Sweden’s parliament ratifies new anti-terrorism law

Sweden’s parliament ratifies new anti-terrorism law

Law was one of Türkiye's main requests to approve Nordic country's NATO membership and will go into effect on June 1

STOCKHOLM (AA) - Sweden’s parliament approved a new anti-terrorism law Wednesday, which is seen as an important step in getting Türkiye to approve the Nordic country’s membership in NATO.

The bill was passed in a 268-34 vote with 47 lawmakers absent. It was opposed by the Left Party and the Green Party.

The legislation aims to criminalize membership in terrorist organizations in the country.

People who participate in terrorist activities or cooperate with terrorist organizations will be sentenced to up to four years in prison.

According to the law, this includes those who participate in activities with the intent to support, strengthen or encourage a terrorist organization.

If there are aggravating reasons, the penalty for these crimes will be a minimum of two years, which can be increased to a maximum of eight years for crimes deemed serious.

Those who are involved in crimes such as the supply of weapons, ammunition, flammable and explosive materials, transportation support and renting land and property to a terrorist organization can be sentenced to up to four years in prison.

If there are aggravating reasons for these crimes, prison sentences ranging from 1.5 to 7 years will be imposed.

The law gives authorities much broader powers to detain and prosecute people who finance or otherwise support terrorist organizations.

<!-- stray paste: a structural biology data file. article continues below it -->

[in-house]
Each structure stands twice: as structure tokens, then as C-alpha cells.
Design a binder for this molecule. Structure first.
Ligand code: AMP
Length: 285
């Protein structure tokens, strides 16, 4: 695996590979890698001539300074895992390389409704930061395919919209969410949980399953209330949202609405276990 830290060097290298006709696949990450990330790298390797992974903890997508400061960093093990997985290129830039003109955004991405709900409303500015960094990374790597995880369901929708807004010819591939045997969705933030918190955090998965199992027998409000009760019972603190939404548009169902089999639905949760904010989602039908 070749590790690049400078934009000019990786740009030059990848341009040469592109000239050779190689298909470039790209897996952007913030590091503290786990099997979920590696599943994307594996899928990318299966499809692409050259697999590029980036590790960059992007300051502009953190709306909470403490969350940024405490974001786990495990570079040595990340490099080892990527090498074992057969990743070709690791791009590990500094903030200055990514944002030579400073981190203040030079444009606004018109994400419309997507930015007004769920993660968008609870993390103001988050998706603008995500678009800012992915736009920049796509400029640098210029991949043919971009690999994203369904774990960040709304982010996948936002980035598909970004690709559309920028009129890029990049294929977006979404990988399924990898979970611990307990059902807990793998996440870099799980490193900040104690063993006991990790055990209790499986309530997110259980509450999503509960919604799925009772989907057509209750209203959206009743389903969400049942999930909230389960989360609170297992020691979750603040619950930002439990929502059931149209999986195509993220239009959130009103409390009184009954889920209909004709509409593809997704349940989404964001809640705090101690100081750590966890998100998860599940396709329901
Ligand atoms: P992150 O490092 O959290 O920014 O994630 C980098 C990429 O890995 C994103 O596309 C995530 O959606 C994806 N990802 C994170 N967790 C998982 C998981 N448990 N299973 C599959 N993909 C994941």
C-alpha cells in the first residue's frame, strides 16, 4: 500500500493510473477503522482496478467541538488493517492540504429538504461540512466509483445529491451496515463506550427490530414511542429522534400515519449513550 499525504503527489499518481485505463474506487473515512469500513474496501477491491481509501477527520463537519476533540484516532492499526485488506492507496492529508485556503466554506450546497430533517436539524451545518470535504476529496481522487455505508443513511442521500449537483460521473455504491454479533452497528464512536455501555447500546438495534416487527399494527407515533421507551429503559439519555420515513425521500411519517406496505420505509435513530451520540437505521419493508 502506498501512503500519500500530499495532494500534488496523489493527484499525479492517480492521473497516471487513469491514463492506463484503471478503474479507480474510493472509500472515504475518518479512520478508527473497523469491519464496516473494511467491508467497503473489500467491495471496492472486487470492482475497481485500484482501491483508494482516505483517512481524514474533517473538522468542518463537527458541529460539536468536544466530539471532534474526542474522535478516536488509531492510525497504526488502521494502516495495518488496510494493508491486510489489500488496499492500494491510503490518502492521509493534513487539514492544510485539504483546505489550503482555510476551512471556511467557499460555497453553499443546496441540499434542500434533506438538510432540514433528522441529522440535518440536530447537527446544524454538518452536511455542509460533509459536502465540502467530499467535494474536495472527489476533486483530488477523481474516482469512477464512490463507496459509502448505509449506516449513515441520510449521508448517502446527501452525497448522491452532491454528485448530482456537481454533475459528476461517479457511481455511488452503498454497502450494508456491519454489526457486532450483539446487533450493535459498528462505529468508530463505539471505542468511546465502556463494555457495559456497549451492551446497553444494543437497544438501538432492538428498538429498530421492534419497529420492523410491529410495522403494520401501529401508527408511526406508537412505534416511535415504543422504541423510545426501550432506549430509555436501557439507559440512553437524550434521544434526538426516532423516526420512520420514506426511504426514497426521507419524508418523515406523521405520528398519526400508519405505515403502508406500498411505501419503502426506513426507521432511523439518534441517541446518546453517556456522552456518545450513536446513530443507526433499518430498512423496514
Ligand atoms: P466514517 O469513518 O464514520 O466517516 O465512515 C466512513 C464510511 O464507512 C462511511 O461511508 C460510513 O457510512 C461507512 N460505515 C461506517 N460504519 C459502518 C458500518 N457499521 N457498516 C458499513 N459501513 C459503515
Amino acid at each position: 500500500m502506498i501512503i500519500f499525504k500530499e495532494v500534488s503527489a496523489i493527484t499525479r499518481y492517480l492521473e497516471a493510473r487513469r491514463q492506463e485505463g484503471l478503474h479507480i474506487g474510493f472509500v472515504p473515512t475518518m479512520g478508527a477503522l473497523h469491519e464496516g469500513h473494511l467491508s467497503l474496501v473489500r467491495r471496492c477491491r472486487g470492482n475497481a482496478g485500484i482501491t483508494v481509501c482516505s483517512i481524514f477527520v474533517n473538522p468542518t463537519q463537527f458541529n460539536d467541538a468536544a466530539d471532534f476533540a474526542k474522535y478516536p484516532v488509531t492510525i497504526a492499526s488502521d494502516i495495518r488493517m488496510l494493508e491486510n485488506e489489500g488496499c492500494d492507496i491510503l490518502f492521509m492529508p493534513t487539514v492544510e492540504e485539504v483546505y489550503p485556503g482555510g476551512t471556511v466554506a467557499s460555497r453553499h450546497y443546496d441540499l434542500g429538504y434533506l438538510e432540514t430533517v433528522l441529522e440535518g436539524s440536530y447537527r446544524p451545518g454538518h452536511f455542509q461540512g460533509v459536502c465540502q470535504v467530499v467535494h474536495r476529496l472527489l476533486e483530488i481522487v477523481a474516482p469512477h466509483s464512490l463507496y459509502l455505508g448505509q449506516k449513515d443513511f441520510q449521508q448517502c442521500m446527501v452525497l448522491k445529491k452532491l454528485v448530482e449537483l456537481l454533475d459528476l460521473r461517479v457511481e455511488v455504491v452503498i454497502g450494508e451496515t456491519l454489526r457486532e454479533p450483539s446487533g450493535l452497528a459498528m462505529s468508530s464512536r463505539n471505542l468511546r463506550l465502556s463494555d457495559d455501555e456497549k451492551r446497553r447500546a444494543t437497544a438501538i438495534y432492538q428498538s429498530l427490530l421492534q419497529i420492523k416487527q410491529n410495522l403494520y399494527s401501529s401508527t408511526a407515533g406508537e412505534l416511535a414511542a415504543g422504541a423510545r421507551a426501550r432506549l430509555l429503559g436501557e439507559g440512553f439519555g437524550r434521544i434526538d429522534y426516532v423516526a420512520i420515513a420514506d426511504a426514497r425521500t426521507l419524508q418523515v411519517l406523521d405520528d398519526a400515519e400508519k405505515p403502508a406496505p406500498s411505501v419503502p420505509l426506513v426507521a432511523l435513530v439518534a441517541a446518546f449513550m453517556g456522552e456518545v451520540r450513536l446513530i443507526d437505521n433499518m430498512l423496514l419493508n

It will enter into force on June 1.

- Sweden's bid to join NATO

After the Russia-Ukraine war began in February last year, Finland and Sweden decided to abandon their decades-long military non-alignment policies and apply for NATO membership.

However, Türkiye, a NATO member for over 70 years, asked the two Nordic countries to take concrete action against terrorist groups such as the PKK and the Fetullah Terrorist Organization (FETO) in order for them to join the alliance.

In June last year, Finland and Sweden signed a memorandum with Türkiye to address Ankara’s security concerns, and senior diplomats and officials from the three countries held various meetings to discuss the implementation of a trilateral agreement.

In March, the Turkish government said it would approve the process of Finland's NATO membership in parliament, adding that Finland had done what was necessary for the membership, whereas Sweden still had work to do.

On March 31, the Turkish parliament approved Finland's bid to join NATO, which showed Türkiye's support for NATO's open-door policy.

In its more than 35-year terror campaign against Türkiye, the PKK — listed as a terrorist organization by Türkiye, the US and the European Union — has been responsible for the deaths of more than 40,000 people, including women, children and infants.

*Writing by Aysu Bicer

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